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The skin consists of three principal layers: The thin outermost layer is the epidermis. The layer below this is the dermis, which contains sweat glands for cooling and sebaceous glands for producing oil. The deepest layer, or subcutaneous layer, is comprised mainly of fat and connective tissue and includes important immune-system substances. Various things can irritate the skin and produce a rash, including harsh chemicals, allergens and dust; ultraviolet rays; and bacteria, fungi or viruses. Rashes can also arise from a buildup of toxins are secreted by the sebaceous and sweat glands, causing redness, blisters, pustules, itching, scales or other signs of inflammation. If a rash is visible on the skin's surface, there will be accumulations of fluids, white blood cells or other substances in the deeper layer of skin as well.

The benefits of barley water
Barley water can help alleviate skin inflammations. To make it, boil 3½ oz. of barley in 1 qt. of water for 15 min. Strain the liquid and allow it to cool. Soak cotton balls in the barley water and carefully dab the liquid onto the affected areas.

What you can do:
Use toiletries that are free of skin irritants, such as fragrances created from chemicals. In addition, allow your skin to breathe by wearing clothing made of natural fibers. Good nutrition is vital too, because a number of vitamins and minerals contribute to healthy skin, as do various herbs. Finally, short periods of sun exposure (10-15 minutes) are important, because sunlight heals many skin ailments and helps the body from vitamin D.

Vitamins and minerals
Vitamin A, B6 and E, as well as zinc, selenium and potassium, can all help to relive skin inflammations. Calcium may also be beneficial, especially if the irritations are caused by allergies. Silicon speed the growth of new skin cells.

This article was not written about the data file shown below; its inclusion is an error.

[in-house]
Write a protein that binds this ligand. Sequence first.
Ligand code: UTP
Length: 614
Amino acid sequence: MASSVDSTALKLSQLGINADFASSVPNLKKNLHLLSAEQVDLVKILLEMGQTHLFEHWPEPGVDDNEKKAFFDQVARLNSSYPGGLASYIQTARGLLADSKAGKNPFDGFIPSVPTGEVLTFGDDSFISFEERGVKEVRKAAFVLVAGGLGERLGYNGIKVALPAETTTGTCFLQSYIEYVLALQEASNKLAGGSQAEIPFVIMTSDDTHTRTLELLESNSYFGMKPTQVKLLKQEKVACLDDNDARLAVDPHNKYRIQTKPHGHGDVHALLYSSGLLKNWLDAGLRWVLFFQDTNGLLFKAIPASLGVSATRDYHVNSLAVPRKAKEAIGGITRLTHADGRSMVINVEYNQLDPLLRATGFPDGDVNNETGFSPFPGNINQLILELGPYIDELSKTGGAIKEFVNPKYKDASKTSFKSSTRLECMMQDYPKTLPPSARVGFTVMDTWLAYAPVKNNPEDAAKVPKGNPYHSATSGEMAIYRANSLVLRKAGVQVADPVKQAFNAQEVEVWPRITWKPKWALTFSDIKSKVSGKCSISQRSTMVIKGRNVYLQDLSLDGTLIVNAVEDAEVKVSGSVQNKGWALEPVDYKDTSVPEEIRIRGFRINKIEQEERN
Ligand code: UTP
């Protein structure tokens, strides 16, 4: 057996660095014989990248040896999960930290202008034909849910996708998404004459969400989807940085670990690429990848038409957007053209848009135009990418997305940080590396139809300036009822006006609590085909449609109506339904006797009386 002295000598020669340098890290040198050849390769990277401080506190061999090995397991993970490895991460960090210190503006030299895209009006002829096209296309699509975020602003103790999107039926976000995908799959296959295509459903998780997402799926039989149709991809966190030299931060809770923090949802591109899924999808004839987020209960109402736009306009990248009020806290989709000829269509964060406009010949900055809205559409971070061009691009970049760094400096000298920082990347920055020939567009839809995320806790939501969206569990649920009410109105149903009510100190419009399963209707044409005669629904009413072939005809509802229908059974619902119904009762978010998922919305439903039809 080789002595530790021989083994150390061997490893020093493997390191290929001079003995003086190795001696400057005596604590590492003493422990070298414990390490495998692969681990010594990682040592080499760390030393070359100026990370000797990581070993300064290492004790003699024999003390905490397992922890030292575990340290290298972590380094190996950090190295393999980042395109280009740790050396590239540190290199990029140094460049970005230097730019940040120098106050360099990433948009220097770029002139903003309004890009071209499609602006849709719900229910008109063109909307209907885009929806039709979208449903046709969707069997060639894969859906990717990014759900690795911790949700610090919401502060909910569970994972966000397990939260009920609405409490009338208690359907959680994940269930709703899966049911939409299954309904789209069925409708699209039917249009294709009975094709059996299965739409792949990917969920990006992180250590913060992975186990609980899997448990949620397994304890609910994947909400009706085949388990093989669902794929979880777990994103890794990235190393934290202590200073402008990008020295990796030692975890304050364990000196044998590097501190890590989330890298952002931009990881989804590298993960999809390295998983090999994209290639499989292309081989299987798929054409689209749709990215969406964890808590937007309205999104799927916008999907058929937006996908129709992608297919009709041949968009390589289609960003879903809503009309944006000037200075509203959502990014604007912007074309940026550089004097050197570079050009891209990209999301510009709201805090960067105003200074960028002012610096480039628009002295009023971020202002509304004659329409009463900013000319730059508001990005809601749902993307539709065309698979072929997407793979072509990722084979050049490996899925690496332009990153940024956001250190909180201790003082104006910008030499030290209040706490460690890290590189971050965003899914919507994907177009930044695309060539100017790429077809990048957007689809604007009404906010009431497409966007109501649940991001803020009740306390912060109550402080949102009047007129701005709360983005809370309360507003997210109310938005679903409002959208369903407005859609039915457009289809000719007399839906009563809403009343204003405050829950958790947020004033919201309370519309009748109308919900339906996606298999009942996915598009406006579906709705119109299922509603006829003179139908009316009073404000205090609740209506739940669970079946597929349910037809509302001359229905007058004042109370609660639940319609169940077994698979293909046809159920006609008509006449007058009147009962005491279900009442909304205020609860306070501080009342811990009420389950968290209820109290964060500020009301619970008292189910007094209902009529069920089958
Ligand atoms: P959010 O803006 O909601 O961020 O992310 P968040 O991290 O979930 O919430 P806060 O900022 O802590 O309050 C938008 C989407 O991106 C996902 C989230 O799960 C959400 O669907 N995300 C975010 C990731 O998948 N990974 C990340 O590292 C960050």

Oatmeal bath for itching
For itchy skin due to eczema or other causes, try oatmeal bath. Place a pound of oatmeal in fine-gauze netting and let it soak in the warm bathwater for half an hour. Then use the oatmeal pack as a soothing sponge during your bath. Or, sprinkle colloidal oatmeal-finely ground oatmeal sold at many pharmacies-into your bathwater. Oatmeal can be slippery, so take care when getting in or out of the tub. To prolong the effects, allow your skin to air dry.

Oak bark for inflammations
Oak bark, an anti-inflammatory, contains a high proportion of the astringent tannins, which is particularly well tolerated by the skin. Soak compresses in oak-bark tea, dab them lightly on affected areas and allow your skin to dry.

Chamomile for wounds
Chamomile-tea compresses can be used to soothing inflamed skin. Chamomile also promotes wound healing.

Extra tip : Wheat-grass juice helps heal skin inflammation. The chlorophyll in the juice accelerates the formation of new skin. The juice also offers protection against bacteria. Sprinkle the juice liberally on a gauze pad and apply the pad to skin.

Natural-healing techniques

  • Stimulation therapy 
    Some healers advocate autohemotherapy to alleviate allergic skin eruptions. A small amount of blood is removed, mixed with an herbal or homeopathic remedy, and then reinjected into the body. This technique is believed to reset the immune system, enabling the body to respond normally to allergens once again so that the overstimulated skin can heal.
  • Toxin-elimination therapy
    Various remedies have been used to rid the body of toxins that may cause skin inflammation. One of these remedies, known as the Baunscheidt process, uses a specialized instrument to insert needles just under the skin's surface. Skin-irritating oil is then applied, causing an artificial skin eruption that reportedly draws out toxins.
  • Intestinal cleansing
    Cleansing the intestine with fasting or other natural remedies, is sometimes advocated to reduced the body's toxin load and ease skin eruptions. Use herbal teas of dandelion, burdock or Oregon grape roots.

Method of administration

  • Moist compresses for eczema
    Pour 1 cup of boiling water over 1 tsp. each malva flowers and whole yarrow. Allow the tea to cool, and then pour it over it over a gauze compress; apply the compress to skin to relieve eczema. The mucilage in the malva forms a protective layer, and the yarrow acts as a pain-reliever and anti-inflammatory
  • A soothing oil for irritated feet
    Castor oil helps relieve burning, itchy feet. Simply rub caster oil on the affected areas.
  • Anti-inflammatory compresses
    Dissolve 2 drops of chamomile oil in ½ cup of rose water. Apply this mixture to inflamed areas 3 times daily with a cotton ball. Rose water soothes the skin while chamomile oil heals the inflammation.